Managing HBase

Cloudera Manager requires certain additional steps to set up and configure the HBase service.

Creating the HBase Root Directory

Minimum Required Role: Cluster Administrator (also provided by Full Administrator)

When adding the HBase service, the Add Service wizard automatically creates a root directory for HBase in HDFS. If you quit the Add Service wizard or it does not finish, you can create the root directory outside the wizard by doing these steps:

  1. Choose Create Root Directory from the Actions menu in the HBase > Status tab.
  2. Click Create Root Directory again to confirm.

Graceful Shutdown

Minimum Required Role: Operator (also provided by Configurator, Cluster Administrator, Full Administrator)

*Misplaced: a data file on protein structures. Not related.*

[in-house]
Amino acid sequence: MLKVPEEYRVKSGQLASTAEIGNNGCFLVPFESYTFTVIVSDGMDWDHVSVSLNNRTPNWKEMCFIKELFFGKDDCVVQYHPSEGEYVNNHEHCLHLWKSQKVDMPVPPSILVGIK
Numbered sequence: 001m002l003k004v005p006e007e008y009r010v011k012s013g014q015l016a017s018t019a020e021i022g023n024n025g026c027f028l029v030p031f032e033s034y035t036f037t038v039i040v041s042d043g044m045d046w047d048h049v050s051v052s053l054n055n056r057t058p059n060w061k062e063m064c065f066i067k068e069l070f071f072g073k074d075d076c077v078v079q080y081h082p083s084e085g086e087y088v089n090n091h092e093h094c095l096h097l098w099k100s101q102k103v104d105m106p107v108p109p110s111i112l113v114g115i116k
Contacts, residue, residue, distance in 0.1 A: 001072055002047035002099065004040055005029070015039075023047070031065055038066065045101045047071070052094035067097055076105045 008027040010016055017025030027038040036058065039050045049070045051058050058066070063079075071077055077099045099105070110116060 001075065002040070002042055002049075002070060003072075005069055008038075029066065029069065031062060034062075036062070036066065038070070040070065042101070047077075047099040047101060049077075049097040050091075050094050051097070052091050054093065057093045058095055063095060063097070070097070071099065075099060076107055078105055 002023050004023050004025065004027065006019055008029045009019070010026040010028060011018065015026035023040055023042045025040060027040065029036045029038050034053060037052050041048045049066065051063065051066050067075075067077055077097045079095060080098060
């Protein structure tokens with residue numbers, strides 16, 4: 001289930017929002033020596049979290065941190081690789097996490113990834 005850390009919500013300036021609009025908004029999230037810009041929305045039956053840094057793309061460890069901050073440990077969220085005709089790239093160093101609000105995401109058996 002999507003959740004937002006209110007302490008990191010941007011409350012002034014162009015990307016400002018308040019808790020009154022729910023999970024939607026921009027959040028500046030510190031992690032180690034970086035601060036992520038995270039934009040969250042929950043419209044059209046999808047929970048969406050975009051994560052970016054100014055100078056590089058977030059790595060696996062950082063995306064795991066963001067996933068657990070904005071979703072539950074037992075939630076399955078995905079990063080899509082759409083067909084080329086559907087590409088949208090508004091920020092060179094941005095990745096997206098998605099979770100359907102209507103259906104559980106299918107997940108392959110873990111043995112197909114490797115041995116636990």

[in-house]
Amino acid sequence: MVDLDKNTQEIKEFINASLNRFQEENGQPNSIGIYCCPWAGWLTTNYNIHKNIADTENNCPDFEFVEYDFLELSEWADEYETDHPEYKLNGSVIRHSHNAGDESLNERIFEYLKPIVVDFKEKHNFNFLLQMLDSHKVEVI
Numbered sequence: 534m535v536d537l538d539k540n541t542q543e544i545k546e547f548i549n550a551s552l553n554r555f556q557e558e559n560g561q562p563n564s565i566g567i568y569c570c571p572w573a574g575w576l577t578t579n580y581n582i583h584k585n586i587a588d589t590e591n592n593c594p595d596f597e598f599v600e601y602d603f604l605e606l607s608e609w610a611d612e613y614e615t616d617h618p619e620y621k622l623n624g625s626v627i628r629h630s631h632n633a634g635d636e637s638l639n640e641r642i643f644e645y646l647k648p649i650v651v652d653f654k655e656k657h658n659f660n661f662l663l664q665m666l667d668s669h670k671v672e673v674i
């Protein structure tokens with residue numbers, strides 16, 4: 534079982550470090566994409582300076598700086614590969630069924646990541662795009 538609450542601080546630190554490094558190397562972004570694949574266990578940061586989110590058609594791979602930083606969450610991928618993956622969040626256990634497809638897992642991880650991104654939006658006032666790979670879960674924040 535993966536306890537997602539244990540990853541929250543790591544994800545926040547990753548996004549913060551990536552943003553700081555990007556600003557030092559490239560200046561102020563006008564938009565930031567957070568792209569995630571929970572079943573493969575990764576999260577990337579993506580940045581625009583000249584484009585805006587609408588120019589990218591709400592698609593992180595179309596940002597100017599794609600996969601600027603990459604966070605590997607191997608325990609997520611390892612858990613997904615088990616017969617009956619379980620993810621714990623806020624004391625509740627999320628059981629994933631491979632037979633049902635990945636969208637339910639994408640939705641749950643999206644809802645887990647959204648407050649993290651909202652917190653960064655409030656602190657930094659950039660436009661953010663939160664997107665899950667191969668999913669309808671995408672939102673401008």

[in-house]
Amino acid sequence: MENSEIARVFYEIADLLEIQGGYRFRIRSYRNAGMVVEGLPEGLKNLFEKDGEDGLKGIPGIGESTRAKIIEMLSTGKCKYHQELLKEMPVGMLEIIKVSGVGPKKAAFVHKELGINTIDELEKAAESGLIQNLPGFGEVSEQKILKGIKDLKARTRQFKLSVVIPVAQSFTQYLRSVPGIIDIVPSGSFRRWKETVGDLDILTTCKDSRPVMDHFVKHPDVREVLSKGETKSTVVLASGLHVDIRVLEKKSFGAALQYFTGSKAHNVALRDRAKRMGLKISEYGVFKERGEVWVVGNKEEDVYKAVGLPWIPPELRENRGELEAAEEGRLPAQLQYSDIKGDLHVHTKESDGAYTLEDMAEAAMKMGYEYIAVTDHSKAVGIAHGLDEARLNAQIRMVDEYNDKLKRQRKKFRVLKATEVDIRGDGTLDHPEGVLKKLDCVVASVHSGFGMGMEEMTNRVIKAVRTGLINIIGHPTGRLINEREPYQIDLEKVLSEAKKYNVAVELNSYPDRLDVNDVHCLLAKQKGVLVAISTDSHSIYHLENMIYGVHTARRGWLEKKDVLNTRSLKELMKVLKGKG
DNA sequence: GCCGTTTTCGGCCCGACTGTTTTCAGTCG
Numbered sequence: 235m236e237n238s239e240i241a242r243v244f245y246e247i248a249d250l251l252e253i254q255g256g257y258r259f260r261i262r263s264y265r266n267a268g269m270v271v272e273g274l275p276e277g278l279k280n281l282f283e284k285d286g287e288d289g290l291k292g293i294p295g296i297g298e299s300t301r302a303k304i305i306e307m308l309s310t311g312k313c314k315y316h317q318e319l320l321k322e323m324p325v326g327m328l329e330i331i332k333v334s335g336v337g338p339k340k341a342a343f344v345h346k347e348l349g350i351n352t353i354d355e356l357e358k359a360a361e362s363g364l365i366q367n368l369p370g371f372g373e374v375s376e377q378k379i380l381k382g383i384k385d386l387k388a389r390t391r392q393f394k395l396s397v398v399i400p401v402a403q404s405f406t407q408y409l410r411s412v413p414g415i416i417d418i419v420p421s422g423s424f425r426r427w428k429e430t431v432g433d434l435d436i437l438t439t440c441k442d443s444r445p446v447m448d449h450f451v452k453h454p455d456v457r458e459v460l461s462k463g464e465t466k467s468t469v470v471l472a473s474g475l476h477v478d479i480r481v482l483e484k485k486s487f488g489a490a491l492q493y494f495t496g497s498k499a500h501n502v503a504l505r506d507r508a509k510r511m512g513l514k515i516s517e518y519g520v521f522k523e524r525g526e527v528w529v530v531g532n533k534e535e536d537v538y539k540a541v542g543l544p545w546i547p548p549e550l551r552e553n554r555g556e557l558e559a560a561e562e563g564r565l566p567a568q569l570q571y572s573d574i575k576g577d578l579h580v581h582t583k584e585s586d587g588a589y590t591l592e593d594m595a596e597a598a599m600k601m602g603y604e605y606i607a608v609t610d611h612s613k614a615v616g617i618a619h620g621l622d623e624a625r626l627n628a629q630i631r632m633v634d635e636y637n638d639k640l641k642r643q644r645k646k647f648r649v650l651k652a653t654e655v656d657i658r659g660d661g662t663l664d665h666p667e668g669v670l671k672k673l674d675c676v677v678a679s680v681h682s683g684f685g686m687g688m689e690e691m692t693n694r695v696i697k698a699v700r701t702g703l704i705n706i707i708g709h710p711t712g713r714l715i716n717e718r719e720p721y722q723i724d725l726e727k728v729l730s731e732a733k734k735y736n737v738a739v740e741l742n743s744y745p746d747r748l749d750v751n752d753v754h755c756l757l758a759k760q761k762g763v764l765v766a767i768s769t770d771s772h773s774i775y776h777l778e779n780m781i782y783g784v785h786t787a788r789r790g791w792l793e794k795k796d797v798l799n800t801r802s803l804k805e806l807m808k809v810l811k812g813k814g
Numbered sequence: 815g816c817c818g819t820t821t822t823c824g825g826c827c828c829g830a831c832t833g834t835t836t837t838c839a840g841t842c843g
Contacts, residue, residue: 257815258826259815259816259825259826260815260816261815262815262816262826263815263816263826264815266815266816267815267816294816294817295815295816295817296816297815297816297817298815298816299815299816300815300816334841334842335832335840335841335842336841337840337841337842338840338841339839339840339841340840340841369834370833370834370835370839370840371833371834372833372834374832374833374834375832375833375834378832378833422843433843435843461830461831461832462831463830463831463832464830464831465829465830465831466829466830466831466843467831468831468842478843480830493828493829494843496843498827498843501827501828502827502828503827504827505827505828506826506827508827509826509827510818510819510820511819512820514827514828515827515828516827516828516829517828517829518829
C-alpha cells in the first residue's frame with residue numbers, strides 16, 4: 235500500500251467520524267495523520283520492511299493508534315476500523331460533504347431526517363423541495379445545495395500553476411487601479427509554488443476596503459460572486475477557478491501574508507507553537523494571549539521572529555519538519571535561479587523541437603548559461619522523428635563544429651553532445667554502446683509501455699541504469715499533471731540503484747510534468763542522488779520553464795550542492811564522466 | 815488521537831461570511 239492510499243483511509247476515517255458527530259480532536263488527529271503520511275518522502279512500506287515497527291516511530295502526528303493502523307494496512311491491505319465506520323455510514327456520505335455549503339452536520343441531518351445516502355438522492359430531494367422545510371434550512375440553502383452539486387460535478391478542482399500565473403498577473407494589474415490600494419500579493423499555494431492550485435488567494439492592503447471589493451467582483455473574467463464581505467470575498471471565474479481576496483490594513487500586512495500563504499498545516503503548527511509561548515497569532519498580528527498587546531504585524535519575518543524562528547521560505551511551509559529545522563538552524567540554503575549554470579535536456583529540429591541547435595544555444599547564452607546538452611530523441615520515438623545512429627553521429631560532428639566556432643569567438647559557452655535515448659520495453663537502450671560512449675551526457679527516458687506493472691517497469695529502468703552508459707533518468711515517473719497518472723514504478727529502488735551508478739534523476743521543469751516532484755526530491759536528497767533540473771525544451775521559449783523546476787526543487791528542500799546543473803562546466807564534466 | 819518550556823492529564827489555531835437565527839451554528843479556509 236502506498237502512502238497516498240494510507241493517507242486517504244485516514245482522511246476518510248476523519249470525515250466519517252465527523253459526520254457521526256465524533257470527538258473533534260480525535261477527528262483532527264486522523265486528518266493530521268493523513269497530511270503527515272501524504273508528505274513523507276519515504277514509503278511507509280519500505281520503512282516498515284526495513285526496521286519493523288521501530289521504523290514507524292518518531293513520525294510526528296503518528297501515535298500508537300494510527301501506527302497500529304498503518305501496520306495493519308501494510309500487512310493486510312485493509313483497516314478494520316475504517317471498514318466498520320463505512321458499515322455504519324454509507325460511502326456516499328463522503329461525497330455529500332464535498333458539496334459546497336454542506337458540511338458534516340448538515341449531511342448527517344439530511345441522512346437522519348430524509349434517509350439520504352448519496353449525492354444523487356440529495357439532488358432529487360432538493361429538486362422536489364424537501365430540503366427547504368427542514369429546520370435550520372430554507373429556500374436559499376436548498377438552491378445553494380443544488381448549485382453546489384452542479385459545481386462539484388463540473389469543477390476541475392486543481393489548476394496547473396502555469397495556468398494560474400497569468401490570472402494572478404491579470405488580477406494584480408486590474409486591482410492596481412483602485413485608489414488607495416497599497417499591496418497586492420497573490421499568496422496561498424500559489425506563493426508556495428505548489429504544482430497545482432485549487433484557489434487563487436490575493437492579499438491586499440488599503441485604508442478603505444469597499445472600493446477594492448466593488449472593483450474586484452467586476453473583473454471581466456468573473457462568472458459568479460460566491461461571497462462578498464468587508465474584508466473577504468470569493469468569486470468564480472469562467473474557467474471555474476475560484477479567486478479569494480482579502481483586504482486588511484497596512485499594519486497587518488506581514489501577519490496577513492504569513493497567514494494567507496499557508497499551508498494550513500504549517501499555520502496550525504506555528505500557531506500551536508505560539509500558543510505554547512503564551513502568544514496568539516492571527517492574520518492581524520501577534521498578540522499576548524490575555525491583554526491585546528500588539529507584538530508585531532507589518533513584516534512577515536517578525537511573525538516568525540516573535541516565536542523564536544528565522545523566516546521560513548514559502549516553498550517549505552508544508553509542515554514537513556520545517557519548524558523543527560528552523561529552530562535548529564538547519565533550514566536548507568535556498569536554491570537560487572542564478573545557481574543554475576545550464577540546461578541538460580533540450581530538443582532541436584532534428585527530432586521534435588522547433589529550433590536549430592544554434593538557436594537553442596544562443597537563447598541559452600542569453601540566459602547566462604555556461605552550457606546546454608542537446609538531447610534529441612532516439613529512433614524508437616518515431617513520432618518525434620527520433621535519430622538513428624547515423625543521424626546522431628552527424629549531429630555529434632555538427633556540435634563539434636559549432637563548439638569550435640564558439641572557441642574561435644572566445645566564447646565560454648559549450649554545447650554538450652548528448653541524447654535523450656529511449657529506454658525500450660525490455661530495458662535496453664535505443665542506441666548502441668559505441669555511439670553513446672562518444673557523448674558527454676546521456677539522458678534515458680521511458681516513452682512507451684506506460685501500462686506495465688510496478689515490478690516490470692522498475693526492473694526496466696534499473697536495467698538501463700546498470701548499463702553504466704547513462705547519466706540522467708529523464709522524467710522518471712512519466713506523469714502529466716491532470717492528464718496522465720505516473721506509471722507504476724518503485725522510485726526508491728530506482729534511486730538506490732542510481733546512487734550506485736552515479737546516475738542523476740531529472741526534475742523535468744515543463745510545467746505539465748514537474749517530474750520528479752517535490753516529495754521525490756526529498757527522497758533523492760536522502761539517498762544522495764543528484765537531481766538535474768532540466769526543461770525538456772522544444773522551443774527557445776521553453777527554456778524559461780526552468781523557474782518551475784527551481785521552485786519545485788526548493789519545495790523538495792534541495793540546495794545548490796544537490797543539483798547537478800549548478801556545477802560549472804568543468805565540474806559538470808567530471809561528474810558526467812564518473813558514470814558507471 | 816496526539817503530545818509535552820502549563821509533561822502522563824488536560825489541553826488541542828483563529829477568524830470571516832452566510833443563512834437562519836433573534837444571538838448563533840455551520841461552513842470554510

A graceful shutdown of an HBase RegionServer allows the regions hosted by that RegionServer to be moved to other RegionServers before stopping the RegionServer. Cloudera Manager provides the following configuration options to perform a graceful shutdown of either an HBase RegionServer or the entire service.

To increase the speed of a rolling restart of the HBase service, set the Region Mover Threads property to a higher value. This increases the number of regions that can be moved in parallel, but places additional strain on the HMaster. In most cases, Region Mover Threads should be set to 5 or lower.

Gracefully Shutting Down an HBase RegionServer

  1. Go to the HBase service.